Eric_Roselli,_MD: The graft is never completely assimilated to the aorta - it is held in place with suture material that is placed at the time of the operation.(the sutures are permanent).

Matthew_Eagleton,_MD: The long term durability depends on the integrity of the aorta that is not replaced.

coljake1: I have a thoracic aortic aneurysm at the left renal artery suprarenal 3.8cm. I have an aortic aneurysm in the aorta pelvic area 3.0cm. I have an existing AAA stent graft installed in November 2000, open surgery, 5.5cm.--have never had a problem. DOB June 1, 1929. Active life. Open surgery is not an option for me. My purpose is to verify that physicians with Cleveland Clinic can perform the minimal invasive\/endoscopy Thoracic and AAA vascular stent graft procedure on me and save my kidneys, i.e. if the aneurysm\/s grows to a size large enough that the procedure is necessary. What are the sizes of my aneurysms when surgery is normally recommended? If Cleveland Clinic does perform this procedure, questions as follows:1. Success rate? 2. Procedures completed annually approximate? 3. First year the procedure was perform approximate? Thank you. Bob.

Matthew_Eagleton,_MD: As part of a clinical trial, the Cleveland Clinic does have available endovascular devices to treat complex aortic aneurysms similar to the one you described. We frequently can do this safely with minimal risk to renal function but at no point can anyone offer you aortic surgery that is completely free of any renal failure risk. The specific size criteria we use to determine when this type of surgery is necessary depends upon a number of factors including the size of the aneurysm, the location of the aneurysm and your other medical problems. We would be happy to evaluate you here to see if you meet enrollment criteria for this trial. It is not currently commercially available in the US.

Eric_Roselli,_MD: We agree with the recommendation for her to have prophylactic surgery for her aortic root aneurysm. We would perform a valve sparing root replacement (David's procedure). We can get you in touch with our International Center who would provide you with financial details. Global Patient Services website:

WashDCNT: I have Marfan Syndrome. I am 58 years old. Had Type B aorta dissection 7 years ago in my descending aortic aneurysm down to the abdominal aorta. It is now 5.5 cm. in the descending aortic aneurysm after the arch. Is surgery required? What would that involve?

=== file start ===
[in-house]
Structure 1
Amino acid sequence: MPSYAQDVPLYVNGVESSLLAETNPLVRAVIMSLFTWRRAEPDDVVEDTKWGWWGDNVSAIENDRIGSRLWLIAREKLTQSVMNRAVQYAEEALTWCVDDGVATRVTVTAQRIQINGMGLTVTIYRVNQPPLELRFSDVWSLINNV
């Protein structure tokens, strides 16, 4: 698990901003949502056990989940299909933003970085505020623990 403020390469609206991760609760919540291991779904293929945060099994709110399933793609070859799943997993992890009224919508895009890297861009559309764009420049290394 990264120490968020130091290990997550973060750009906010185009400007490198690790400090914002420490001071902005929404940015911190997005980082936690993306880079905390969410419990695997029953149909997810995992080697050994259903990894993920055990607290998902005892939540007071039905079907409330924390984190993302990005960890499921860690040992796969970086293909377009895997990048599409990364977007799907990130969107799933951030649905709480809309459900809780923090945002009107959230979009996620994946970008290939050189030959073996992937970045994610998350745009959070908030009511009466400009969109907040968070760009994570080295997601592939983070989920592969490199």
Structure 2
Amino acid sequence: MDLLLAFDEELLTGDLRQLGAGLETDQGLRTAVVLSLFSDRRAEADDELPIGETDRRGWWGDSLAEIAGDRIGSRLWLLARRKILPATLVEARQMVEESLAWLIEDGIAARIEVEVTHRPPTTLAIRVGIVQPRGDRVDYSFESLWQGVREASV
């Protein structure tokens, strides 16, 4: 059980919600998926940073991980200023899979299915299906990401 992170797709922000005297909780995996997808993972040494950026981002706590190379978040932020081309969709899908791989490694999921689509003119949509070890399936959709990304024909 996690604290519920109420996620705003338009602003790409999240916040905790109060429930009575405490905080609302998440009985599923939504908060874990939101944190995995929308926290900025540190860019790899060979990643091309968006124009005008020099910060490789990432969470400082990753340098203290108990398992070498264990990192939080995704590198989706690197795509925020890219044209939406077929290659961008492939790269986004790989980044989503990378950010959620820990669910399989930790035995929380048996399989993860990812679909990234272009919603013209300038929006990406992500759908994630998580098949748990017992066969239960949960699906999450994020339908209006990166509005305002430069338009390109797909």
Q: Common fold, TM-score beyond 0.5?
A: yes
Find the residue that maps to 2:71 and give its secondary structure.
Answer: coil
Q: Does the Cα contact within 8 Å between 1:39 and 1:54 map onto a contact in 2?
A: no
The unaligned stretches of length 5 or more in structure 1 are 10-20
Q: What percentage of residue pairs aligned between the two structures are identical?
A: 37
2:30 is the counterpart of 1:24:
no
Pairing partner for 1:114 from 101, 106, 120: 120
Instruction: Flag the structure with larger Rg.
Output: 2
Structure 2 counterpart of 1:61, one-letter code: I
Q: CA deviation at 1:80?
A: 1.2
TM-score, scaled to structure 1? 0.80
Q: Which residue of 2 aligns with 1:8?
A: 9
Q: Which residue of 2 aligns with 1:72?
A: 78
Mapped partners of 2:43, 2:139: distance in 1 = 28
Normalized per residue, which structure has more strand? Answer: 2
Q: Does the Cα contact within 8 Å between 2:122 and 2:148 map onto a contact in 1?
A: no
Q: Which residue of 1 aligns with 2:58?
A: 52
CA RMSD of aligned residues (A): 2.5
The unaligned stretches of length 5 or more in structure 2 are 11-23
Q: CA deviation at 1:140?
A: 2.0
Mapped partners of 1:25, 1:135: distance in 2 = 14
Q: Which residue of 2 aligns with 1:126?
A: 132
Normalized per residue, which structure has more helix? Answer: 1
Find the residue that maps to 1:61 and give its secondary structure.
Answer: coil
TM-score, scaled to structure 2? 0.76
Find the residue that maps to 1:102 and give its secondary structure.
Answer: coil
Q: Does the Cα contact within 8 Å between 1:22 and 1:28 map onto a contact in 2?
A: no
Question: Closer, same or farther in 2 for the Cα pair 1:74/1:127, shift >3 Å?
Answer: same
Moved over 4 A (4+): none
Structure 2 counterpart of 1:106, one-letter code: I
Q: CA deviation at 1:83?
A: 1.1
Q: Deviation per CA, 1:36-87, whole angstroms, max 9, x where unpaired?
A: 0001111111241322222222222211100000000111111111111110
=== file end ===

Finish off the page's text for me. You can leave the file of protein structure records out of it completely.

Eric_Roselli,_MD: Yes. Given your history of Marfans, the presence of a chronic dissection and your young age, we would most likely recommend repair of your aneurysmal aorta. Usually for patients like you, that involves open surgical approach but may also include a hybrid approach where we combine open surgery with endovascular surgery. It would be unlikely that we would recommend a purely endovascular approach in a patient with your profile.

chuckarc: Could my mom be a candidate for endovascular repair of her 5.1cm ascending aortic aneurysm? She will be 81 in July and has 1 kidney. She has mild to moderate regurgitation of the mitral valve. Would she be a candidate for the endovascular repair at Cleveland Clinic?

Eric_Roselli,_MD: Most ascending aortic aneurysms are not amenable to endovascular repair. Unless this is a focal sacular aneurysm or pseudo aneurysm we probably would not recommend repair at 5.1 cm. But those focal aneurysms are the kind we would consider for endovascular repair.

Mitral Valve Disease

leto352: for mitral valve prolapse with mitral valve regurgitation do you have minimally invasive surgery techniques to repair the chordae tendinae?

Eric_Roselli,_MD: Yes.

Complications After Surgery

fowens: Is there an increased risk of getting a blood clot in a leg if you had major surgery such as an aortic valve replacement and you are over 60? I ask this because I got a leg clot some months after such surgery. Thank you.

Eric_Roselli,_MD: Yes.

Judy: Do aneurysms form during surgery. A friend recently died after rotator cuff surgery ..resulting from an aneurysm...sounds really scary to me. Is this common??

Matthew_Eagleton,_MD: If he died from an aneurysm, it was likely not a cause from the rotator cuff surgery but an undiagnosed problem. One of the difficulties in identifying patients with aneurysms is that they do not cause any symptoms and they are frequently only realized as an incidental finding on other studies.

This information is provided by Cleveland Clinic as a convenience service only and is not intended to replace the medical advice of your doctor or health care provider. Please consult your health care provider for advice about a specific medical condition. Please remember that this information, in the absence of a visit with a health care professional, must be considered as an educational service only and is not designed to replace a physician's independent judgment about the appropriateness or risks of a procedure for a given patient. The views and opinions expressed by an individual in this forum are not necessarily the views of Cleveland Clinic institution or other Cleveland Clinic physicians.